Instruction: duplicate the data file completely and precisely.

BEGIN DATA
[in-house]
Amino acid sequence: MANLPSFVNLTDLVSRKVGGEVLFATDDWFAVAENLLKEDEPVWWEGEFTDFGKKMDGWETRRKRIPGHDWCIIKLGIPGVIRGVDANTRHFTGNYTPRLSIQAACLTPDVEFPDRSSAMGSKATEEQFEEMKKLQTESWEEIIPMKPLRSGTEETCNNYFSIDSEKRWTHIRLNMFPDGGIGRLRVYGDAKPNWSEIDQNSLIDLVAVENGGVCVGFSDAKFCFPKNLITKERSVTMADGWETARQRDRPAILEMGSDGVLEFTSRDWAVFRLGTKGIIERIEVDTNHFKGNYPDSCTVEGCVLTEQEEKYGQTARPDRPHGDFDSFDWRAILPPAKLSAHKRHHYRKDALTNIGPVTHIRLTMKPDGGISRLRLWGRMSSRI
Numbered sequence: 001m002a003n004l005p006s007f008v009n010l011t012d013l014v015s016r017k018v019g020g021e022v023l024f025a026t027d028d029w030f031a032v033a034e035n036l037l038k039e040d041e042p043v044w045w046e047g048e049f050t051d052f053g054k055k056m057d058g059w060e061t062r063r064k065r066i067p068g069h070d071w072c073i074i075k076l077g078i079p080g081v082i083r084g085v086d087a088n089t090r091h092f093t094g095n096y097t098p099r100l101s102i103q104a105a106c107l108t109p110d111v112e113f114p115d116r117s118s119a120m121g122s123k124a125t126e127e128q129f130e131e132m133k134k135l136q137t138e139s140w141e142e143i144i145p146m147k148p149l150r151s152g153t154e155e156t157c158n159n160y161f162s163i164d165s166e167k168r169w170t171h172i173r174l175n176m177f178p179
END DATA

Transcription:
[in-house]
Amino acid sequence: MANLPSFVNLTDLVSRKVGGEVLFATDDWFAVAENLLKEDEPVWWEGEFTDFGKKMDGWETRRKRIPGHDWCIIKLGIPGVIRGVDANTRHFTGNYTPRLSIQAACLTPDVEFPDRSSAMGSKATEEQFEEMKKLQTESWEEIIPMKPLRSGTEETCNNYFSIDSEKRWTHIRLNMFPDGGIGRLRVYGDAKPNWSEIDQNSLIDLVAVENGGVCVGFSDAKFCFPKNLITKERSVTMADGWETARQRDRPAILEMGSDGVLEFTSRDWAVFRLGTKGIIERIEVDTNHFKGNYPDSCTVEGCVLTEQEEKYGQTARPDRPHGDFDSFDWRAILPPAKLSAHKRHHYRKDALTNIGPVTHIRLTMKPDGGISRLRLWGRMSSRI
Numbered sequence: 001m002a003n004l005p006s007f008v009n010l011t012d013l014v015s016r017k018v019g020g021e022v023l024f025a026t027d028d029w030f031a032v033a034e035n036l037l038k039e040d041e042p043v044w045w046e047g048e049f050t051d052f053g054k055k056m057d058g059w060e061t062r063r064k065r066i067p068g069h070d071w072c073i074i075k076l077g078i079p080g081v082i083r084g085v086d087a088n089t090r091h092f093t094g095n096y097t098p099r100l101s102i103q104a105a106c107l108t109p110d111v112e113f114p115d116r117s118s119a120m121g122s123k124a125t126e127e128q129f130e131e132m133k134k135l136q137t138e139s140w141e142e143i144i145p146m147k148p149l150r151s152g153t154e155e156t157c158n159n160y161f162s163i164d165s166e167k168r169w170t171h172i173r174l175n176m177f178p179